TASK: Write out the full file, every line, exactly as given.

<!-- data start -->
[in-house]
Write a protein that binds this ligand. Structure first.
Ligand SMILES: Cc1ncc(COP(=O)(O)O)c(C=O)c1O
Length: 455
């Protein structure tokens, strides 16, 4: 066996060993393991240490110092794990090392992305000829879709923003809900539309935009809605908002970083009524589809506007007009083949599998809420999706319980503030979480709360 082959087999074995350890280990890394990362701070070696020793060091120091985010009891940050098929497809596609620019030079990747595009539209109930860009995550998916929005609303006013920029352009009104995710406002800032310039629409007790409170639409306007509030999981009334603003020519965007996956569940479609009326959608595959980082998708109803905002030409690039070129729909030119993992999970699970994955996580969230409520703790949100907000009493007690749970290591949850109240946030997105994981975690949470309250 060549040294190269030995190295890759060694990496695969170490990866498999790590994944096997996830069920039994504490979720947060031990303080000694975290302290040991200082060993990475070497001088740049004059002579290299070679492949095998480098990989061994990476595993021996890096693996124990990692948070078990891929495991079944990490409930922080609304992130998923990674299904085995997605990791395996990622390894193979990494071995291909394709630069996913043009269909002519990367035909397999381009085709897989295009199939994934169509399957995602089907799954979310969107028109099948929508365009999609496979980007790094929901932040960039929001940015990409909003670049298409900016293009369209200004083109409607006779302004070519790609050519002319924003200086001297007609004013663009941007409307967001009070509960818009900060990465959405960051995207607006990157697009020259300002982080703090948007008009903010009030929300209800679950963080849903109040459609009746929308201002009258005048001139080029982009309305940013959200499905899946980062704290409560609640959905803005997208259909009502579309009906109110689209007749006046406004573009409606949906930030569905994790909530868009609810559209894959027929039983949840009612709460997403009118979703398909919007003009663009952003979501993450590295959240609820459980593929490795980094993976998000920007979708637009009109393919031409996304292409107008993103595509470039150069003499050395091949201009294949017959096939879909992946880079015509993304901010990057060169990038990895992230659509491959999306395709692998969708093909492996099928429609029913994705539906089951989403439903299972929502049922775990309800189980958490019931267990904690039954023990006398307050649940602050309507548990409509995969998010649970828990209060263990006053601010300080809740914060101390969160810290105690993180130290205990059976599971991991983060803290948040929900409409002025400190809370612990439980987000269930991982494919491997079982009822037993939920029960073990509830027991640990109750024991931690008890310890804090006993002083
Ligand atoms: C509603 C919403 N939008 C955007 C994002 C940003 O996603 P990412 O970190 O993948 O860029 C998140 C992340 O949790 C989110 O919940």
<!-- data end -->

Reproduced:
[in-house]
Write a protein that binds this ligand. Structure first.
Ligand SMILES: Cc1ncc(COP(=O)(O)O)c(C=O)c1O
Length: 455
């Protein structure tokens, strides 16, 4: 066996060993393991240490110092794990090392992305000829879709923003809900539309935009809605908002970083009524589809506007007009083949599998809420999706319980503030979480709360 082959087999074995350890280990890394990362701070070696020793060091120091985010009891940050098929497809596609620019030079990747595009539209109930860009995550998916929005609303006013920029352009009104995710406002800032310039629409007790409170639409306007509030999981009334603003020519965007996956569940479609009326959608595959980082998708109803905002030409690039070129729909030119993992999970699970994955996580969230409520703790949100907000009493007690749970290591949850109240946030997105994981975690949470309250 060549040294190269030995190295890759060694990496695969170490990866498999790590994944096997996830069920039994504490979720947060031990303080000694975290302290040991200082060993990475070497001088740049004059002579290299070679492949095998480098990989061994990476595993021996890096693996124990990692948070078990891929495991079944990490409930922080609304992130998923990674299904085995997605990791395996990622390894193979990494071995291909394709630069996913043009269909002519990367035909397999381009085709897989295009199939994934169509399957995602089907799954979310969107028109099948929508365009999609496979980007790094929901932040960039929001940015990409909003670049298409900016293009369209200004083109409607006779302004070519790609050519002319924003200086001297007609004013663009941007409307967001009070509960818009900060990465959405960051995207607006990157697009020259300002982080703090948007008009903010009030929300209800679950963080849903109040459609009746929308201002009258005048001139080029982009309305940013959200499905899946980062704290409560609640959905803005997208259909009502579309009906109110689209007749006046406004573009409606949906930030569905994790909530868009609810559209894959027929039983949840009612709460997403009118979703398909919007003009663009952003979501993450590295959240609820459980593929490795980094993976998000920007979708637009009109393919031409996304292409107008993103595509470039150069003499050395091949201009294949017959096939879909992946880079015509993304901010990057060169990038990895992230659509491959999306395709692998969708093909492996099928429609029913994705539906089951989403439903299972929502049922775990309800189980958490019931267990904690039954023990006398307050649940602050309507548990409509995969998010649970828990209060263990006053601010300080809740914060101390969160810290105690993180130290205990059976599971991991983060803290948040929900409409002025400190809370612990439980987000269930991982494919491997079982009822037993939920029960073990509830027991640990109750024991931690008890310890804090006993002083
Ligand atoms: C509603 C919403 N939008 C955007 C994002 C940003 O996603 P990412 O970190 O993948 O860029 C998140 C992340 O949790 C989110 O919940």